Following the news that Air Liquide has made an offer of $143 per share, valuing Airgas at $13.4bn, gasworld Business Intelligence investigates as to whether this will result in a successful acquisition.
Firstly, the deal is of course subject to shareholder approval (at +50% premium to the current run rate before the rumours began), this is a premium unlikely to be turned down by the so far loyal, Airgas shareholders. Secondly, the deal needs to meet anti-trust and regulatory approval, and then lastly, the usual terms and conditions of such an offer. Peter McCausland, the power behind Airgas, and important shareholder, has as part of the Airgas board, given his seal of approval (which was not forthcoming in the Air Products attempt in 2010), and McCausland has stated that the deal will bring great value to the Airgas shareholders (over double the Air Products offer price in 2010).
The actual deal in total represents a multiple of 13.4 times EBITDA (last 4 quarters) – which from the outside is very high for a mainly gas distribution orientated business. Air Liquide has already announced possible cost synergies of $300m, which would indicate a more realistic purchase valuation of 10.5 times EBITDA – which for a well-integrated gases business is more in line with expectations, but for a gas distribution business is still very high. So has Air Liquide over paid for the business? The simple answer is that time will tell. Air Liquide has and remains a more long-term thinking company, this could prove to be a very good strategic fit for the company. gasworld Business Intelligence also believes that Air Liquide should gain more cost synergies across the business supply network than those announced – especially in the packaged gases sector - as we believe Airgas does not operate their packaged gas filling assets with the same efficiency as Air Liquide, in their European and other global businesses.
So, the real question is - will this get anti-trust approval from the Federal Trade Commission (FTC)? gasworld Business Intelligence has spent the past year analysing the US market (which essentially accounts for well over 95% of the transaction). According to the analysis, the resultant combined business – on the gases & services side (which excludes the welding and safety equipment segment of Airgas’s business), will give Air Liquide/Airgas a 29% market share in the US, seven percentage points above Praxair. John Raquet, publisher of gasworld and CEO of Spiritus Consulting, stated, “As a whole, this would not present any significant issues to anti-trust authorities. Air Liquide is much geared towards the onsites/tonnage businesses in the US, particularly in the Texas Gulf Coast region, the Louisiana basin, and in California. Airgas has very little onsites business in the US market, and so this also should not present a problem from an anti-trust point of view.”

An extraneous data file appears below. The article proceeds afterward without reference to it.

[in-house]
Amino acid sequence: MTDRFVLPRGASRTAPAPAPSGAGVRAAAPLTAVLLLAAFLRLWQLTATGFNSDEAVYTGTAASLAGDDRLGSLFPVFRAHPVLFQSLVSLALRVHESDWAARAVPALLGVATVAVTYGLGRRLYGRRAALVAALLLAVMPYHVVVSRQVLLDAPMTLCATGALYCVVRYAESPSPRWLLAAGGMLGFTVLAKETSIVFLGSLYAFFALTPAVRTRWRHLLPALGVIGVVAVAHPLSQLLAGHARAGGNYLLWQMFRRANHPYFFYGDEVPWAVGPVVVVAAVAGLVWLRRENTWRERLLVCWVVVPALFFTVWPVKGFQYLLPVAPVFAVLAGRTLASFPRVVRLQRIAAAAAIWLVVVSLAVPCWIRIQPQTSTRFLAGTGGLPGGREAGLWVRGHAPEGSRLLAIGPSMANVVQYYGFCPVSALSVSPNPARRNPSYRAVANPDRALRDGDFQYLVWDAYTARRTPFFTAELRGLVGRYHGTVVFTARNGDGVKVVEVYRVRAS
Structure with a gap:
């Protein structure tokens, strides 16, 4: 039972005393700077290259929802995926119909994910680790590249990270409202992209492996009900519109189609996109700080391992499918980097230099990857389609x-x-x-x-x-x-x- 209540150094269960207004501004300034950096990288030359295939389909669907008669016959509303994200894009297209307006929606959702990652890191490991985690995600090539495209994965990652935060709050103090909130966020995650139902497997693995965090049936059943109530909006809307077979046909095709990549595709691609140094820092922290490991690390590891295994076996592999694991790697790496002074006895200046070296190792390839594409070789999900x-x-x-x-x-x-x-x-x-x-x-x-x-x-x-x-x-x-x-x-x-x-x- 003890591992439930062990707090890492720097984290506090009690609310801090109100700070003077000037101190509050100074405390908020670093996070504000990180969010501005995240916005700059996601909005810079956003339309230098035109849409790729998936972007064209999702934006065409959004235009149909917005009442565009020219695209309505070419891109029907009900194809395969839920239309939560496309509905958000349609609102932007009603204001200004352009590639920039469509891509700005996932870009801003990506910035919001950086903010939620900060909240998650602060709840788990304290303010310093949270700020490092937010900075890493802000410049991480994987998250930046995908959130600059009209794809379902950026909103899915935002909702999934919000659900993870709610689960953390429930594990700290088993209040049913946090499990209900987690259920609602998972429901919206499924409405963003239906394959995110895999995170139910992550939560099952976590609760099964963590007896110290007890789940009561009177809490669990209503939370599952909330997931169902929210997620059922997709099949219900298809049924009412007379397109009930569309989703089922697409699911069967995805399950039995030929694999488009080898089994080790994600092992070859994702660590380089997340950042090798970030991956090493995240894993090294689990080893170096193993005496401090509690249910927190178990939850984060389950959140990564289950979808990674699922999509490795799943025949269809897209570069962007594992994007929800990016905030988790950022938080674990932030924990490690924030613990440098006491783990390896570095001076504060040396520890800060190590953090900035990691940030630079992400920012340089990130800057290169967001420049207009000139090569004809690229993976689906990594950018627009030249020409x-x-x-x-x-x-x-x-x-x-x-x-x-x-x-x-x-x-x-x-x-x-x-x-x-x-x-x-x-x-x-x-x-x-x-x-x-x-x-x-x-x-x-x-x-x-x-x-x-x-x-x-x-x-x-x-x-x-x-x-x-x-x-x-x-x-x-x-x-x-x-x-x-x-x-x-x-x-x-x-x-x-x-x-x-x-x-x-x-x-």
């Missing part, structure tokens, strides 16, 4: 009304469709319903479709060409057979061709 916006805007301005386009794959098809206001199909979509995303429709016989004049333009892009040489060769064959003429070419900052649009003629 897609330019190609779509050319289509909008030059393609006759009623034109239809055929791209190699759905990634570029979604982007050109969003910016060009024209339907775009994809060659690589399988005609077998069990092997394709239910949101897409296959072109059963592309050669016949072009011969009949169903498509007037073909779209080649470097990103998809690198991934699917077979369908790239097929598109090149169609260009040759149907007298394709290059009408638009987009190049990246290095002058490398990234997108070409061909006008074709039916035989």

Airgas itself has been very much developed along the gas distributor business model, as it has grown mainly through acquisition over the past 33 years. So not surprisingly, Airgas has built a national network and has a strong position in the packaged gases business. James Barr, Business Analyst of gasworld, explained, “Airgas has a 30% share of the gas & services sector in packaged gases in the US – the largest player by some margin. However, Air Liquide has only recently been re-building its packaged gases business in the US, as it exited much of that market in the early 2000s. Currently, we estimate Air Liquide’s gas & services market share in packaged gases at 4%.” Therefore, combined the market share would be 34% - still not raising too much of an anti-trust matter.
However, the FTC will not just look at the total US market, but will focus on regional market share to see if there are any dominant positions what it would consider to be an unhealthy competitive market. gasworld Business Intelligence has, as stated, analysed the gases business for eight main regional markets that make up the US. The resultant findings suggest that the New England and South East regions may indicate potential issues, and only at a localised level.
What about the liquid production supply chain? When Air Products made its hostile bid for Airgas, an accepted position by the FTC was that Air Products would divest of 15 of the 16 Airgas owned ASUs – this was due to the proximity of both Air Products, and Airgas ASUs that produced liquid gas products such as LOX, LIN and LAR. Looking at the spread of ASUs between Airgas and Air Liquide across the US, there may be one or two plants in the Great Lakes and the South East gas markets only, that may present problematic positions in supply of liquid gases to the market. One thing that is apparent is that Airgas does possess some old ASUs, which should have been replaced due to age and inefficiency, and if these do overlap one would expect Air Liquide to support a closure of one of the plants rather than the need to divest.
Both Air Liquide and Airgas have invested in the merchant CO2 business in the US in recent years. Based on capacity alone – their combined share amounts to 11,000 tons per day of CO2 capacity, accounting for 26% of the total capacity in the US. Looking at the regional spread of capacities, gasworld does not believe this presents any anti-trust issues.
The gasworld Business Intelligence online service provides dashboards on each region throughout the US, also containing maps of production facilities and cylinder filling locations. For more information on the US gases market, or any other industrial gases markets across the globe – please contact email@example.com.